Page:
Build the foundation
For a solid foundation, I recommend reading Governance as Leadership by Richard Chait. His three-pronged approach to board responsibilities (control, direction, sense making) makes sense for any board.
Control: Legal/fiduciary responsibilities of the board in guiding the organization
Direction: Strategic responsibility to set the direction and decide on the use of resources, programs, and services
Sense Making: Generative conversations to develop new ideas in line with the organization’s core values
Over the course of a year the board should ensure its agendas have about 1/3 dedicated to the oversight (fiduciary) responsibility, 1/3 to the strategic responsibility, and 1/3 on generative work. Currently most boards spend most of their time on oversight; a smaller number also have strategic plans – fewer still monitor those plans; and very few exercise their generative muscles in support of the enterprise.
In doing those three things, using the principles you have agreed upon by asking the questions, we are confident that your people will do the jobs they are intended to do, your board will add value, and you will drive your organization forward.
Linda Wood Edwards, owner of LUE-42 Enterprises, is a Certified Association Executive and a Fellow of the Chartered Governance Institute of Canada (CGIC). She holds a Bachelor of Administration degree, a certificate in human resources management, and the Accredited Director designation. Linda consults on board governance to organizations across Canada, serving as Corporate Secretary to several. She is CGIC’s Chief Examiner for Corporate Governance and a facilitator in the Directors Education and Accreditation Program.
McDonell / Wood Edwards Questions for the Board
• What is required by legislation and our current by-laws? Are there limitations in these documents, or do we have room to manoeuvre?
• How do we ensure that the board is making decisions in the best interest of the entire organization and not constituent parts?
• What kind of board do we need now and in the future?
• What must the board focus on and what can be handled by the CEO and staff?
• How much leeway or authority in getting the job done do we want to give our CEO?
• How nimble do we need our decision-making to be?
• How do we help dialogue between the board and CEO to be fluid and respectful?
- The CEO is obligated to share significant operational matters with the Board. The board brings knowledge, skills, and expertise to the governance table that are likely not present in the organization’s staffing complement. The CEO should tap into those.
- By the same token, the CEO works in a realm that will not be familiar to all directors. It is reasonable to expect that directors will have questions of the CEO that relate to operations.
- Both the board and the CEO should be able to ask and answer questions without fear. When one or the other oversteps, the matter must be handled promptly, with tact and grace, on the understanding that correcting the “infraction” is in the best interests of the organization.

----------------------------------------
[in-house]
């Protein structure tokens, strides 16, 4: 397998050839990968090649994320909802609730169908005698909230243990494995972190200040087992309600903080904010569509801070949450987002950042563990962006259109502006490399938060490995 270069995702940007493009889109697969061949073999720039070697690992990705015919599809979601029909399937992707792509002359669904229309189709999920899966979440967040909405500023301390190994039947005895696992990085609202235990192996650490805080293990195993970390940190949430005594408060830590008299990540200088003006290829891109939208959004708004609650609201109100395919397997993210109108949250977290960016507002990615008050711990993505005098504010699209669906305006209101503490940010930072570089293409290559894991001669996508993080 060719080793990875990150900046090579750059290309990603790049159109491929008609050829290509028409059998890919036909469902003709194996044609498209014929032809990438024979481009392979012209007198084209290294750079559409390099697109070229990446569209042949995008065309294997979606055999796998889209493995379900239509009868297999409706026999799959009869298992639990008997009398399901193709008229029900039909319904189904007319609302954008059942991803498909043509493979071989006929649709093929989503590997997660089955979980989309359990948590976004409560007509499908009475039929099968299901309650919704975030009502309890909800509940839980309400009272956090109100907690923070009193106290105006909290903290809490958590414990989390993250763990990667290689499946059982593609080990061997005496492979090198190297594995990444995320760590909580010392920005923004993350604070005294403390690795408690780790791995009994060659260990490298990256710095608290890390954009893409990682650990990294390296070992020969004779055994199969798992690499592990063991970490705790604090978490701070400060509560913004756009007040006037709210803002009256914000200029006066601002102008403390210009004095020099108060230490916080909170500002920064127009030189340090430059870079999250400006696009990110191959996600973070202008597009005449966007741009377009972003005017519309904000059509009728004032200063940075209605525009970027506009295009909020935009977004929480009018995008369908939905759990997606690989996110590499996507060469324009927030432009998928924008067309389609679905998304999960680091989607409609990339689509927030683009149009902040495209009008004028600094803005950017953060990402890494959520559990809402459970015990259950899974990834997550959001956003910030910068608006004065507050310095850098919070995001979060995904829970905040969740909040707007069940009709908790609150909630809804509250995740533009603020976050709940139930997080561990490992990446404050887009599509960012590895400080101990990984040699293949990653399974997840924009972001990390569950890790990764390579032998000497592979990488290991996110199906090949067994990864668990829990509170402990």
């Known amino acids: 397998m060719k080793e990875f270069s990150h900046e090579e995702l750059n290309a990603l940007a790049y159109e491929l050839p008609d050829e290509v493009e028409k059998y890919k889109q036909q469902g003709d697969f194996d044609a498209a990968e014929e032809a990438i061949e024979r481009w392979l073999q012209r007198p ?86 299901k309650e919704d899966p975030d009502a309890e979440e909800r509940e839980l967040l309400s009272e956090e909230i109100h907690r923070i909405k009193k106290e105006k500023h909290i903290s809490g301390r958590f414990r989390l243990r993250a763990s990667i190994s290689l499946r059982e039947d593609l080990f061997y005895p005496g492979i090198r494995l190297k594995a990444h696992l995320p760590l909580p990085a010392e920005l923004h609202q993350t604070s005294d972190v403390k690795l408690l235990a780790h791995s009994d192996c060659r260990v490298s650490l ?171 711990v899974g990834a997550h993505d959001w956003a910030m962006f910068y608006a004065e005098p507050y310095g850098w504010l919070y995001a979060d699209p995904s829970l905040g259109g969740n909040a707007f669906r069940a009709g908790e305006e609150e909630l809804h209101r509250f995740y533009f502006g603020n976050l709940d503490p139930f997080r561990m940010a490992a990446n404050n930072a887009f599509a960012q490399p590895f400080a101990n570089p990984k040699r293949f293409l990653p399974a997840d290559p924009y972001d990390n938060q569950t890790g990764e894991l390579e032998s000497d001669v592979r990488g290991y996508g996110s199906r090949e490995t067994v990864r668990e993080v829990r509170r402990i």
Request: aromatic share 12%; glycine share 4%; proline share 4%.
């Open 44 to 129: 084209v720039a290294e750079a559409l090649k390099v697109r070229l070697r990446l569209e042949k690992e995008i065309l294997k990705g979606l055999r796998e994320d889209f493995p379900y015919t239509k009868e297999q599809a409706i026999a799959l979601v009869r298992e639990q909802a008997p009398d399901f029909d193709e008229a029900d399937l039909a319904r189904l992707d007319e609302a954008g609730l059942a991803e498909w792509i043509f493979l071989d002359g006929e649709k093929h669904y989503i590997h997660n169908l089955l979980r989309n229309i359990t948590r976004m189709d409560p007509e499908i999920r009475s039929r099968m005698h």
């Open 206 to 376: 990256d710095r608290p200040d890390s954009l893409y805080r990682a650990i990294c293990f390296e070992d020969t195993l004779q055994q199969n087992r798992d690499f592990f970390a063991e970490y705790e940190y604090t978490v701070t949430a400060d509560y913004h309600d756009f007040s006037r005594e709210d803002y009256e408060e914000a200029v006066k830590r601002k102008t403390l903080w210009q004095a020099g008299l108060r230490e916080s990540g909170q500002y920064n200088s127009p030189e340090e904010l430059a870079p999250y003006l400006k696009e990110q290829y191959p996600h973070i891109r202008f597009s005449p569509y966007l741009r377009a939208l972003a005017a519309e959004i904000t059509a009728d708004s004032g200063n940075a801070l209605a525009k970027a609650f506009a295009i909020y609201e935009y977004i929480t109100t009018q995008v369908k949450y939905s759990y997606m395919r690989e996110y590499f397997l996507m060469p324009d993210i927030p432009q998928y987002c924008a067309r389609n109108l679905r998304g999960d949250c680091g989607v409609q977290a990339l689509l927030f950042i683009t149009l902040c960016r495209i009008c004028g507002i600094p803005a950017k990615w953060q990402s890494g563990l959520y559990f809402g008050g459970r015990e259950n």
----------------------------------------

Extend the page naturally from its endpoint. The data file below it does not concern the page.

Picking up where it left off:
• How can we make the board table a safe place to disagree?
- Thoughtful discussion is essential to good governance. An opinion can only change through robust discussion.
- It is the board’s job to contribute (provide an opinion) and in doing so, the board will bump up to the line of how far it can go. The CEO will tell the board/director where the line is. It will not be personal.
• Does our decision-making model reflect the culture we want?
- Do we require the formality of Robert’s Rules/Parliamentary procedure or might a consensus-based model (recommend, discuss, consensus) work?
• Do we get the right people at the board table?
- The knowledge, skills, and attributes of each director should help you reach your organizational objectives. Be intentional with recruiting.
- Avoid “constituents”, “representatives”, and “honorary directors” on the board. Every director is equal in responsibility and liability and governs in the interests of the organization.
• Is the board’s agenda aligned to the strategic plan (or is it based on how we’ve always run meetings)?
• Do the board’s committees only do the board’s work?
- Board committees (typically only three) must align with the governance function, not operations.
• Governance (or Governance/Nominations)
• Audit (or Finance/Risk Management/Audit);
• CEO Review Committee (which includes contracting, performance management, compensation).
- The CEO can also establish committees to help achieve operational outcomes. If a board member serves on an operational committee, that director is just another volunteer.
- Avoid an Executive Committee. It is dangerous to have a board-within-a-board. Every director needs the same information and has the same responsibility in deciding.
• Do we evaluate everything (board, committees, CEO, staff, programs, etc.) and then access developmental opportunities to make ourselves even stronger?